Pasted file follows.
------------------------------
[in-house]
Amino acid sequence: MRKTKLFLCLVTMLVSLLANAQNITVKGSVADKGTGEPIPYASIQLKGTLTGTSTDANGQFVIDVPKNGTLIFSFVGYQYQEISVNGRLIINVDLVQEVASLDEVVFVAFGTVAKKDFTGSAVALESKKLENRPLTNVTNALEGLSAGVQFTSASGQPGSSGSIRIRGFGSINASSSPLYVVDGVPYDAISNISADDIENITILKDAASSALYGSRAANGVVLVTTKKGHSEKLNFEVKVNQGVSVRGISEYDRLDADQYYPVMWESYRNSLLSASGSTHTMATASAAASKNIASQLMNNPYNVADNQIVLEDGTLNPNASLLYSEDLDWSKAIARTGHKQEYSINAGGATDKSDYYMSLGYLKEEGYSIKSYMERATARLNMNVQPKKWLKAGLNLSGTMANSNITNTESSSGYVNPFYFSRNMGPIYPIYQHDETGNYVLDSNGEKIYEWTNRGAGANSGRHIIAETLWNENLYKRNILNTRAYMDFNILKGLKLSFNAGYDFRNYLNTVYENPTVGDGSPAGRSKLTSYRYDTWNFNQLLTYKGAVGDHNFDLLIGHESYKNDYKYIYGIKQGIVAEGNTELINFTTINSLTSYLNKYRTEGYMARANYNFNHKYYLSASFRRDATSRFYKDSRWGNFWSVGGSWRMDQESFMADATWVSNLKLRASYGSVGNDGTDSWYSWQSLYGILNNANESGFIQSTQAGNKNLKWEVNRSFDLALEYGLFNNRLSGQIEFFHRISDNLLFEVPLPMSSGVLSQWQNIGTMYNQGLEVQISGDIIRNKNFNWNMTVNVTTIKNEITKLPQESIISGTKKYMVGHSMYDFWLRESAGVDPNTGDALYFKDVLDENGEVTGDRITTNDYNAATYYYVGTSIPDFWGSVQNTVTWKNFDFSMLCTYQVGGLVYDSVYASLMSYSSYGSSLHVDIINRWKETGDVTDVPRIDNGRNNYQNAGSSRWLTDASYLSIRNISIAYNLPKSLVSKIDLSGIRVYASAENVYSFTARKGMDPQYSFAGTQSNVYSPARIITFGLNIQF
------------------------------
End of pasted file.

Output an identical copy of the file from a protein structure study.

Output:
[in-house]
Amino acid sequence: MRKTKLFLCLVTMLVSLLANAQNITVKGSVADKGTGEPIPYASIQLKGTLTGTSTDANGQFVIDVPKNGTLIFSFVGYQYQEISVNGRLIINVDLVQEVASLDEVVFVAFGTVAKKDFTGSAVALESKKLENRPLTNVTNALEGLSAGVQFTSASGQPGSSGSIRIRGFGSINASSSPLYVVDGVPYDAISNISADDIENITILKDAASSALYGSRAANGVVLVTTKKGHSEKLNFEVKVNQGVSVRGISEYDRLDADQYYPVMWESYRNSLLSASGSTHTMATASAAASKNIASQLMNNPYNVADNQIVLEDGTLNPNASLLYSEDLDWSKAIARTGHKQEYSINAGGATDKSDYYMSLGYLKEEGYSIKSYMERATARLNMNVQPKKWLKAGLNLSGTMANSNITNTESSSGYVNPFYFSRNMGPIYPIYQHDETGNYVLDSNGEKIYEWTNRGAGANSGRHIIAETLWNENLYKRNILNTRAYMDFNILKGLKLSFNAGYDFRNYLNTVYENPTVGDGSPAGRSKLTSYRYDTWNFNQLLTYKGAVGDHNFDLLIGHESYKNDYKYIYGIKQGIVAEGNTELINFTTINSLTSYLNKYRTEGYMARANYNFNHKYYLSASFRRDATSRFYKDSRWGNFWSVGGSWRMDQESFMADATWVSNLKLRASYGSVGNDGTDSWYSWQSLYGILNNANESGFIQSTQAGNKNLKWEVNRSFDLALEYGLFNNRLSGQIEFFHRISDNLLFEVPLPMSSGVLSQWQNIGTMYNQGLEVQISGDIIRNKNFNWNMTVNVTTIKNEITKLPQESIISGTKKYMVGHSMYDFWLRESAGVDPNTGDALYFKDVLDENGEVTGDRITTNDYNAATYYYVGTSIPDFWGSVQNTVTWKNFDFSMLCTYQVGGLVYDSVYASLMSYSSYGSSLHVDIINRWKETGDVTDVPRIDNGRNNYQNAGSSRWLTDASYLSIRNISIAYNLPKSLVSKIDLSGIRVYASAENVYSFTARKGMDPQYSFAGTQSNVYSPARIITFGLNIQF